So despite my general antipathy toward America’s pastime, I’ve been looking into baseball a lot lately.  I’m working on a three part series that will “take on” Pythagorean Expectation.  But considering the sanctity of that metric, I’m taking my time to get it right.

For now, the big news is that Major League Baseball is finally going to have realignment, which will most likely lead to an extra playoff team, and a one game Wild Card series between the non–division winners.  I’m not normally one who tries to comment on current events in sports (though, out of pure frustration, I almost fired up WordPress today just to take shots at Tim Tebow—even with nothing original to say), but this issue has sort of a counter-intuitive angle to it that motivated me to dig a bit deeper.

Conventional wisdom on the one game playoff is pretty much that it’s, well, super crazy.  E.g., here’s Jayson Stark’s take at ESPN:

But now that the alternative to finishing first is a ONE-GAME playoff? Heck, you’d rather have an appendectomy than walk that tightrope. Wouldn’t you?

Though I think he actually likes the idea, precisely because of the loco factor:

So a one-game, October Madness survivor game is what we’re going to get. You should set your DVRs for that insanity right now.

In the meantime, we all know what the potential downside is to this format. Having your entire season come down to one game isn’t fair. Period.

I wouldn’t be too sure about that.  What is fair?  As I’ve noted, MLB playoffs are basically a crapshoot anyway.  In my view, any move that MLB can make toward having the more accomplished team win more often is a positive step.  And, as crazy as it sounds, that is likely exactly what a one game playoff will do.

The reason is simple: home field advantage.  While smaller than in other sports, the home team in baseball still wins around 55% of the time, and more games means a smaller percentage of your series games played at home.  While longer series’ eventually lead to better teams winning more often, the margins in baseball are so small that it takes a significant edge for a team to prefer to play ANY road games:

Note: I calculated these probabilities using my favorite binom.dist function in Excel. Specifically, where the number of games needed to win a series is k, this is the sum from x=0 to x=k of the p(winning x home games) times p(winning at least k-x road games).

So assuming each team is about as good as their records (which, regardless of the accuracy of the assumption, is how they deserve to be treated), a team needs about a 5.75% generic advantage (around 9-10 games) to prefer even a seven game series to a single home game.

But what about the incredible injustice that could occur when a really good team is forced to play some scrub?  E.g., Stark continues:

It’s a lock that one of these years, a 98-win wild-card team is going to lose to an 86-win wild-card team. And that will really, really seem like a miscarriage of baseball justice. You’ll need a Richter Scale handy to listen to talk radio if that happens.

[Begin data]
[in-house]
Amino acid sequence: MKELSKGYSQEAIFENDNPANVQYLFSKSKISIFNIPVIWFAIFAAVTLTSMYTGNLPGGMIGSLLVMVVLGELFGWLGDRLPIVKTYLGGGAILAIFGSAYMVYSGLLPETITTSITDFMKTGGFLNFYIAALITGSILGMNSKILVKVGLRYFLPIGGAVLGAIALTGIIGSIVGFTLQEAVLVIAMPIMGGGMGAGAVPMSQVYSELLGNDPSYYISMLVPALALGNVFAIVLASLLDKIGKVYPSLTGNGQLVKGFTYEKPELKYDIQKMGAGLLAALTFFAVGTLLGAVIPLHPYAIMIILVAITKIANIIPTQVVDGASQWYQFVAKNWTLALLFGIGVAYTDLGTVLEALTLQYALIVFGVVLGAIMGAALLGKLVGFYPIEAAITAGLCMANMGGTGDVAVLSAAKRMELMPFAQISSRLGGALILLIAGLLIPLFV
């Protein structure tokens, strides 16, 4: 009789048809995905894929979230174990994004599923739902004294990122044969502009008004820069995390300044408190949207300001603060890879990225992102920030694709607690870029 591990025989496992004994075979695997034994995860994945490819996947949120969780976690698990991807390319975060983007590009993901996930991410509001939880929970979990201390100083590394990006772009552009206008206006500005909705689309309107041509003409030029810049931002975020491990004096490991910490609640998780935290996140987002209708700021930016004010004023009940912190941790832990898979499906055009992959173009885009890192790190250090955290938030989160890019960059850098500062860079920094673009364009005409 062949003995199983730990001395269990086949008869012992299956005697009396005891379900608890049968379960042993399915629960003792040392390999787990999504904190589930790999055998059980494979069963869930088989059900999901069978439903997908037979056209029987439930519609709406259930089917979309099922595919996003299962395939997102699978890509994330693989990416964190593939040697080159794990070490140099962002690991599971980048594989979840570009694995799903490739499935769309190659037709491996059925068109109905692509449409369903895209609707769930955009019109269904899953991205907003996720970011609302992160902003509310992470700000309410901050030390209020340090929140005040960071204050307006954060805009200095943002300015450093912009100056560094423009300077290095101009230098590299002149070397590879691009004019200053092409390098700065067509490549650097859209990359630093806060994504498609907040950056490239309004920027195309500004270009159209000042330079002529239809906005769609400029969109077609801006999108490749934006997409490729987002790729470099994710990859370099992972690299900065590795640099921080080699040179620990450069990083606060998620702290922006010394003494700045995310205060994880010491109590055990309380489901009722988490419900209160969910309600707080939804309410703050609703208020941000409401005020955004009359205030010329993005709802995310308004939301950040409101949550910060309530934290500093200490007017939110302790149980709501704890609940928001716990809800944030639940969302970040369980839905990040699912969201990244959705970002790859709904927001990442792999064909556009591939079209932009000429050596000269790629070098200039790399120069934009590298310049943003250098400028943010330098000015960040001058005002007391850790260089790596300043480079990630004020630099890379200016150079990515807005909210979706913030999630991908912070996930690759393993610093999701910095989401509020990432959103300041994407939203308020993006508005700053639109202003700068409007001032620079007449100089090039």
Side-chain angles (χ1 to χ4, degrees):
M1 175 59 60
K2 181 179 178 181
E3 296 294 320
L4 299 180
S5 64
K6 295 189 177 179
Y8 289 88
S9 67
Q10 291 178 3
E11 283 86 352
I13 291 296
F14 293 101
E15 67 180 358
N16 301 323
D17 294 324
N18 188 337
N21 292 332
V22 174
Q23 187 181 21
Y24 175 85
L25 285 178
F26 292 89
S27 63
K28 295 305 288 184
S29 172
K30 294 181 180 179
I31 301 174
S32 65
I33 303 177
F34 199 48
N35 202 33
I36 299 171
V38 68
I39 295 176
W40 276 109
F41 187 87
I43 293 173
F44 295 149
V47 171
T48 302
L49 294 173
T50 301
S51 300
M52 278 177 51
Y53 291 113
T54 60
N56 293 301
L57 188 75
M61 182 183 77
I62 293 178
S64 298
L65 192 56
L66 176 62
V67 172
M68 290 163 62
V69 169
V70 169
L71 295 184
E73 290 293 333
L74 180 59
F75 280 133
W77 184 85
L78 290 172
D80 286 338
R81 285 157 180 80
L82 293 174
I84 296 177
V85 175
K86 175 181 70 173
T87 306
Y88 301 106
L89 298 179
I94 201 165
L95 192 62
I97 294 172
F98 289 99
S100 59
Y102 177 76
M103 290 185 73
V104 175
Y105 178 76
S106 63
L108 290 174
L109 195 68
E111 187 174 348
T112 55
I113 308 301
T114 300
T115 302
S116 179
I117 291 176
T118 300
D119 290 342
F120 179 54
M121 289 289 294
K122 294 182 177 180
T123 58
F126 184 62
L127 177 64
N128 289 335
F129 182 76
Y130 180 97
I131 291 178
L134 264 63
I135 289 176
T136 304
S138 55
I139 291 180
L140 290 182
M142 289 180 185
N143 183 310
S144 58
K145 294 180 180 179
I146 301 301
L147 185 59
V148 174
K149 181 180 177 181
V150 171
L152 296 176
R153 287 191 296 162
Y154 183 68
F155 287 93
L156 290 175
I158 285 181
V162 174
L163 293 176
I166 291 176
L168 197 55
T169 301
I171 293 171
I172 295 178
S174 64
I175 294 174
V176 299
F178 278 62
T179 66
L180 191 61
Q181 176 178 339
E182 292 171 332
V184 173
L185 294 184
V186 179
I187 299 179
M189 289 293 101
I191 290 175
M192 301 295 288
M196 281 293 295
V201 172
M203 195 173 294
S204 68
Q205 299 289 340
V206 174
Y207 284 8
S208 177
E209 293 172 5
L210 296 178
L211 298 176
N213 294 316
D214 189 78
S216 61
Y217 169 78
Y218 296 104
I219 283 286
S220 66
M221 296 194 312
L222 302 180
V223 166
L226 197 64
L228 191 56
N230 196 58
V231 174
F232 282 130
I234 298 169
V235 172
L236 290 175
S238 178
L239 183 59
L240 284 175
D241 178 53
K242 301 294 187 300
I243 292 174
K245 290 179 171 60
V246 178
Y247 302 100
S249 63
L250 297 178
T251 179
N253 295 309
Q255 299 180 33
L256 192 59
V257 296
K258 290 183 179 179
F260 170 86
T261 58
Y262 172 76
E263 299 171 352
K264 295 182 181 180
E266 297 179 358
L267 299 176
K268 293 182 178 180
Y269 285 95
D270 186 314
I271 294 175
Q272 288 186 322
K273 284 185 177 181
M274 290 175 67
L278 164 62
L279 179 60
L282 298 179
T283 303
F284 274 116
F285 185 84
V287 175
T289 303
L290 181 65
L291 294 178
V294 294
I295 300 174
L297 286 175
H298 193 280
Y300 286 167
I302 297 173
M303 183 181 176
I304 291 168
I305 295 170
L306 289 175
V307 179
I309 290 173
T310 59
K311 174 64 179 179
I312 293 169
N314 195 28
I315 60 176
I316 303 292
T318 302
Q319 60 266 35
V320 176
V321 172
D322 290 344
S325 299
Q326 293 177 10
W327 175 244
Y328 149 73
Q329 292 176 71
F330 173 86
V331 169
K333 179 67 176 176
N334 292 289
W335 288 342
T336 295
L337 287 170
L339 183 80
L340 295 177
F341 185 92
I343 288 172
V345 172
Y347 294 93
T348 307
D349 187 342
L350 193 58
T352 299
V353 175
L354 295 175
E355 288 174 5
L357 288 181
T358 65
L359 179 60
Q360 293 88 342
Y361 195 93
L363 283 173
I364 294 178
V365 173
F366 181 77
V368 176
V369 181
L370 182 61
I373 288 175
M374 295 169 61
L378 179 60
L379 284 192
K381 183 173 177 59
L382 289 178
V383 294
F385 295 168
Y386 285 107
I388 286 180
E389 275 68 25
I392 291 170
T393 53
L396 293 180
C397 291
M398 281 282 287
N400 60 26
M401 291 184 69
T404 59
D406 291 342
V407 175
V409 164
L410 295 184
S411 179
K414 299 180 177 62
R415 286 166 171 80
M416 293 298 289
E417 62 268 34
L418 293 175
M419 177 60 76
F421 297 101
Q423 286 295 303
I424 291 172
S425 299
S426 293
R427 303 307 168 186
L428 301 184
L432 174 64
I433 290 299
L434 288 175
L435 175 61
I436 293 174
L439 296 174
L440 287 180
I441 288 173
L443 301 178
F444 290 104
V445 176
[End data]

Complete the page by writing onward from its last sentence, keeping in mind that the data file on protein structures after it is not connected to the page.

But you know what the answer to those complaints will be?

“You should have finished first. Then you wouldn’t have gotten yourself into that mess.”

Stark posits a 12 game edge between two wild card teams, and indeed, this could lead to a slightly worse spot for the better team than a longer series.  12 games corresponds to a 7.4% generic advantage, which means a 7-game series would improve the team’s chances by about 1% (oh, the humanity!).  But the alternative almost certainly wouldn’t be seven games anyway, considering the first round of the playoffs is already only five.  At that length, the “miscarriage of baseball justice” would be about 0.1% (and vs. 3 games, sudden death is still preferable).

If anything, consider the implications of the massive gap on the left side of the graph above: If anyone is getting screwed by the new setup, it’s not the team with the better record, it’s a better team with a worse record, who won’t get as good a chance to demonstrate their actual superiority (though that team’s chances are still around 50% better than they would have been under the current system).  And those are the teams that really did “[get themselves] into that mess.”

Also, the scenario Stark posits is extremely unlikely: basically, the difference between 4th and 5th place is never 12 games.  For comparison, this season the difference between the best record in the NL and the Wild Card Loser was only 13 games, and in the AL it was only seven.  Over the past ten seasons, each Wild Card team and their 5th place finisher were separated by an average of 3.5 games (about 2.2%):

Note that no cases over this span even rise above the seven game “injustice line” of 5.75%, much less to the nightmare scenario of 7.5% that Stark invokes.  The standard deviation is about 1.5%, and that’s with the present imbalance of teams (note that the AL is pretty consistently higher than the NL, as should be expected)—after realignment, this plot should tighten even further.

Indeed, considering the typically small margins between contenders in baseball, on average, this “insane” sudden death series may end up being the fairest round of the playoffs.

One Response to “A Defense of Sudden Death Playoffs in Baseball”

  1. [...] is changing in the post-season. Ben Morris had what I thought was the most interesting take on the new system. See also Jon Bernstein on what the system won’t fix, and Christina Kahrl [...]

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